Restore.Media – Upload Sample Video

Below is a short guide to help you select the right sample file:

  • What is a sample file?
    This is any valid (playable) video file that has been recorded with the same camera and settings as the file you want to repair.
  • Where do I find a sample file?
    You can take any video file recoded on the camera prior (or after) the broken file, considering they have been recorded with the same settings. Alternatively, you can record a new sample video with the same camera and settings as the corrupted file. The sample video may be of around 30 seconds long.
  • What camera settings must be identical?
    The basic settings include resolution, orientation (e.g. horizontal or vertical), frame rate, bit rate, mono or stereo audio.
  • What if I don't have any sample files?
    In this case, please contact us – our engineers will try to find a sample file for you from our video files archive.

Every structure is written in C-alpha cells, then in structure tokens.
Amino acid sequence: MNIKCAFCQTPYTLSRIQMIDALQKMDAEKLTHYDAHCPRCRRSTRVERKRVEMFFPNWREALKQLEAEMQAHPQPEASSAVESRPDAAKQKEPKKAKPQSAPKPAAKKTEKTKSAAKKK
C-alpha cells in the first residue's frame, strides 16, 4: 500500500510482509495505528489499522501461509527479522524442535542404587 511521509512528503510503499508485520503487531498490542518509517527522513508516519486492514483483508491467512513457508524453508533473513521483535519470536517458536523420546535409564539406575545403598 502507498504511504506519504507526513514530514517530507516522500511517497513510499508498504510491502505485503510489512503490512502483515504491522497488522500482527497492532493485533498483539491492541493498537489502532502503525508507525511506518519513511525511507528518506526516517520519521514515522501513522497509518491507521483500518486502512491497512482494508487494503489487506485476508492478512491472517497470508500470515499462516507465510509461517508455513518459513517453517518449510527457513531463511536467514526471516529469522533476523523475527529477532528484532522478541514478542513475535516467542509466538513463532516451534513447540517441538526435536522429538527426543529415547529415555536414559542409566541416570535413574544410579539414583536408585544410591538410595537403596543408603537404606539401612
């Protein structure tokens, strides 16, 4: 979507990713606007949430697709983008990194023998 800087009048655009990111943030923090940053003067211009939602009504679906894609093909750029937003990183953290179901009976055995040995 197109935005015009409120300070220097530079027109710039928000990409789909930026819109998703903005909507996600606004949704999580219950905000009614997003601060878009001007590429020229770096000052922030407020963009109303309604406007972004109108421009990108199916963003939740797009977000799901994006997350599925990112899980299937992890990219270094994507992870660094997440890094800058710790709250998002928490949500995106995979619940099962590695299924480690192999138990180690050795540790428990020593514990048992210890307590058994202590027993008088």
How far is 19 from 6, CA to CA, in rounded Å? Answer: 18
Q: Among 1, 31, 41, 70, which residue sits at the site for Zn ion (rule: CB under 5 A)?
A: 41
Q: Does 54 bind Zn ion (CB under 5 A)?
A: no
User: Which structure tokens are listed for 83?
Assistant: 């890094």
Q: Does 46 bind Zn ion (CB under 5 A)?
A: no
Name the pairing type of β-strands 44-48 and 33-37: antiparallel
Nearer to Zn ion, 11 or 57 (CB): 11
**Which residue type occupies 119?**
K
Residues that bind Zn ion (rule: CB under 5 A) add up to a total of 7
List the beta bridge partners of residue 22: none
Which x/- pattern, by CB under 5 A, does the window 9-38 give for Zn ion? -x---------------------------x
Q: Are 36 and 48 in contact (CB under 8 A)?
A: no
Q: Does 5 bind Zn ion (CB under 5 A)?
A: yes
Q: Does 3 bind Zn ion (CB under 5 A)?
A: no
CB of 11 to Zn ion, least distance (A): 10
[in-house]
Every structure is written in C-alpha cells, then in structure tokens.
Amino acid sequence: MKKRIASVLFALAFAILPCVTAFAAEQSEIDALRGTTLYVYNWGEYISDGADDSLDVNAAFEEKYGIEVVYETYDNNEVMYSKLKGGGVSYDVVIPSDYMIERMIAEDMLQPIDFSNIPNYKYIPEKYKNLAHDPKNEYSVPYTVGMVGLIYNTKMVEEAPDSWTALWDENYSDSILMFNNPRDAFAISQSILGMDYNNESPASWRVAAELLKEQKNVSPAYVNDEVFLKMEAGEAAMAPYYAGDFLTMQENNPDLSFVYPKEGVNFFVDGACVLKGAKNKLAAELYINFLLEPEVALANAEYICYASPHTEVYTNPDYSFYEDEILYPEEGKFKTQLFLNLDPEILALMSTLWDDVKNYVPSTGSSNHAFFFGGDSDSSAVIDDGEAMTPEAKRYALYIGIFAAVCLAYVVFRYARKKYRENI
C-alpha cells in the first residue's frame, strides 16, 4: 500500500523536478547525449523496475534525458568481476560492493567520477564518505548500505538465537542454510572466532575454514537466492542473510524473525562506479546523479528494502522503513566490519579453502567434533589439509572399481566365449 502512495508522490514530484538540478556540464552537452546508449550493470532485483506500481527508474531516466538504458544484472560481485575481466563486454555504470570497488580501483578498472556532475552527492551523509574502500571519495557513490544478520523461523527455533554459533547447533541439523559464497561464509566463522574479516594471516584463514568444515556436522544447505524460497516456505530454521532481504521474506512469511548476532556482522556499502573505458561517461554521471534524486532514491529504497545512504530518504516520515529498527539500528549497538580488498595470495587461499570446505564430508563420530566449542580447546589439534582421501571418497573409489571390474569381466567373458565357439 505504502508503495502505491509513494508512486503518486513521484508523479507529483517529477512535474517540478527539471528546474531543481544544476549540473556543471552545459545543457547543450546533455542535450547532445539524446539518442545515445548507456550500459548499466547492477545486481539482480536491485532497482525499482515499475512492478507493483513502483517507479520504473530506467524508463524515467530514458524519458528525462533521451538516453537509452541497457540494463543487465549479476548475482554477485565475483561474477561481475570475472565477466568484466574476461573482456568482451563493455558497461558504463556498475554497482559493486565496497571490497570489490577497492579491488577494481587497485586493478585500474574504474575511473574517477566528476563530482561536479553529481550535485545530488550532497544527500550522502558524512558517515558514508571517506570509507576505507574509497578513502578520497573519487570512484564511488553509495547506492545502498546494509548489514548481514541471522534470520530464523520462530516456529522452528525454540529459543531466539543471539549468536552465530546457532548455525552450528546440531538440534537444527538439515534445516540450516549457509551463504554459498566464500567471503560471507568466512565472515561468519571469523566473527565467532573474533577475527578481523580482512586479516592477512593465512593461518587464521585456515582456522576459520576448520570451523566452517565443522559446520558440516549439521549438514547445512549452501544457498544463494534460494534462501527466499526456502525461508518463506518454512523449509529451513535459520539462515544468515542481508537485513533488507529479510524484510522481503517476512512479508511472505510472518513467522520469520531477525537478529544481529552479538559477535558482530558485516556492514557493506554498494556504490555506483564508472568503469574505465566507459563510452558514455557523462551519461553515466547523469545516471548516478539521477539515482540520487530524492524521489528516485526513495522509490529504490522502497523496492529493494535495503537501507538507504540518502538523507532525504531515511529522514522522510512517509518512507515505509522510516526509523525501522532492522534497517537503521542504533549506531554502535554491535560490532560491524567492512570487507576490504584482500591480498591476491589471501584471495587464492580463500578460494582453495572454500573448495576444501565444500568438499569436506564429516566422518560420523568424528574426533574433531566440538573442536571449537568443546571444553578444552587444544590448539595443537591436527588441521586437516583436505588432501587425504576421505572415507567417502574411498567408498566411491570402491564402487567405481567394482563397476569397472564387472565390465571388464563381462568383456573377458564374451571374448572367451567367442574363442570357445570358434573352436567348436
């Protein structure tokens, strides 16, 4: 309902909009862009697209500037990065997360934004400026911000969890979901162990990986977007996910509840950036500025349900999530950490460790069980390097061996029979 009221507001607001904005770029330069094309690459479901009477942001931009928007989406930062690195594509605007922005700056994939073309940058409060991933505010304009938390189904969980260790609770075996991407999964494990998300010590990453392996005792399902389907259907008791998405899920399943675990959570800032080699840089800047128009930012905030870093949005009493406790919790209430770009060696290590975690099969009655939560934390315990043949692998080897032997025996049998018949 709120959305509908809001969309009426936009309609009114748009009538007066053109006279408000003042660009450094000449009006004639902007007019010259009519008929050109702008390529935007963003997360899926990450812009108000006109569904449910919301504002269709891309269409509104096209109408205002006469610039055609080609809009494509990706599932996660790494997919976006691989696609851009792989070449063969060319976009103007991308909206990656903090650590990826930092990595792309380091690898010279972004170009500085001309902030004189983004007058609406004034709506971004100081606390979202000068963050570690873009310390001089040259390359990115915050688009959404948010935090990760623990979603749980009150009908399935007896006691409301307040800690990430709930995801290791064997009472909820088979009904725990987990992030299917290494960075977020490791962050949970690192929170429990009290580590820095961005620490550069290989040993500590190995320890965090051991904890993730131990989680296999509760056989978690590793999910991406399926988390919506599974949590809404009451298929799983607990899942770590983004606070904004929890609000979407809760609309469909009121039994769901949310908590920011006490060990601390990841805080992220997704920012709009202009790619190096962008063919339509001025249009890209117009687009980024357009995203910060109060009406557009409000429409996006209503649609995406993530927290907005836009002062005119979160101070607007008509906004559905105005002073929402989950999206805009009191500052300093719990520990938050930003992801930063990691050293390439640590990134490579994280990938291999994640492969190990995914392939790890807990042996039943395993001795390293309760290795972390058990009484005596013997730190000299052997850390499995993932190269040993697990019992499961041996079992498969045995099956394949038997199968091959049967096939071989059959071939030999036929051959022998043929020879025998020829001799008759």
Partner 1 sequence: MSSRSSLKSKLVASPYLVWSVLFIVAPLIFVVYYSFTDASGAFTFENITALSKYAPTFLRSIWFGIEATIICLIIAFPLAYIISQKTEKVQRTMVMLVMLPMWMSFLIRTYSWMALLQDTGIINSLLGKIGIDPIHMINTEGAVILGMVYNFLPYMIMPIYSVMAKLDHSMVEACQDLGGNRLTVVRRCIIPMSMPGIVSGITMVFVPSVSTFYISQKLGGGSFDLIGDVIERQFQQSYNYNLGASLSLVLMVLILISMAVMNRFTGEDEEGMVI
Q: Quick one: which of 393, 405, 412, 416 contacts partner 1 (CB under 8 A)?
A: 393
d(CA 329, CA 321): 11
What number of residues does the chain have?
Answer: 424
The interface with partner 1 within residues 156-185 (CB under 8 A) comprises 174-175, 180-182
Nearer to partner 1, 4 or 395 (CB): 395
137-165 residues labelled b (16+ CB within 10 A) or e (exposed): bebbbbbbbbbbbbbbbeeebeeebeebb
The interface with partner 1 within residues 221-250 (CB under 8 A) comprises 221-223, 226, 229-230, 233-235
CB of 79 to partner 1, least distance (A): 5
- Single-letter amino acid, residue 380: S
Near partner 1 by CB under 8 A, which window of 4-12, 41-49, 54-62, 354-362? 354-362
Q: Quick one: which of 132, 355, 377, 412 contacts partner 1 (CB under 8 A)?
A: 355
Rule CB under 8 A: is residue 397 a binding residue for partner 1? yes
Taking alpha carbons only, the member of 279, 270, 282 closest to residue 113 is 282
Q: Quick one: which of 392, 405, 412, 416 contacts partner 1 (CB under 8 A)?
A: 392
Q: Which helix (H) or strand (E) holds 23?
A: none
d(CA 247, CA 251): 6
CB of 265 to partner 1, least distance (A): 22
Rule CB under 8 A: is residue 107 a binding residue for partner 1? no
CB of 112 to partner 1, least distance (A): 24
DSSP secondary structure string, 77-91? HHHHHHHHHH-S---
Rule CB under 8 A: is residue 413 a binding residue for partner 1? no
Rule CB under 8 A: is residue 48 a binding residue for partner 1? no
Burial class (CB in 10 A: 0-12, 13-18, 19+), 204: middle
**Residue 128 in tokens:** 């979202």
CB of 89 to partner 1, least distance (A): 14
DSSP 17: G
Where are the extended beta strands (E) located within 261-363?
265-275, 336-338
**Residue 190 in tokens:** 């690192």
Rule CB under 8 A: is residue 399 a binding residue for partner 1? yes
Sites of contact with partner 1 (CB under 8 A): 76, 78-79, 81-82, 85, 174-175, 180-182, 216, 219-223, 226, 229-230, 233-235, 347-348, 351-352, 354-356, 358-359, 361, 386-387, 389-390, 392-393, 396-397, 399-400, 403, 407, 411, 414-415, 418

Step 7

Restore.Media will start repairing your broken .MOV file automatically. Depending on the file size, this process may take some time.

Once finished, you should see a few screenshots of the fixed video along with a full-time preview:

Restore.Media – Repaired .MOV Video Preview

Please note:

  • The preview is in low resolution and quality just so you can check if your MOV file has been repaired correctly.
  • We strongly suggest that you check the entire preview, including the last few seconds of the video. If there is anything wrong with the preview, please read the notices next to it, where you can find instructions on how to fix the issue.
  • If you're happy with the preview, click the large green button to download the repaired video file in the original resolution and quality.
  • If you're stuck with the tool and can't repair your MOV file for any reason, click on the large yellow button – Ask for manual recovery by an engineer. Alternatively, you can contact us via email. Our engineers will be happy to help.

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That's it! We hope this guide will help you repair corrupted MOV video files without any issues. If you still have any questions, please free to contact us.

Happy recovering!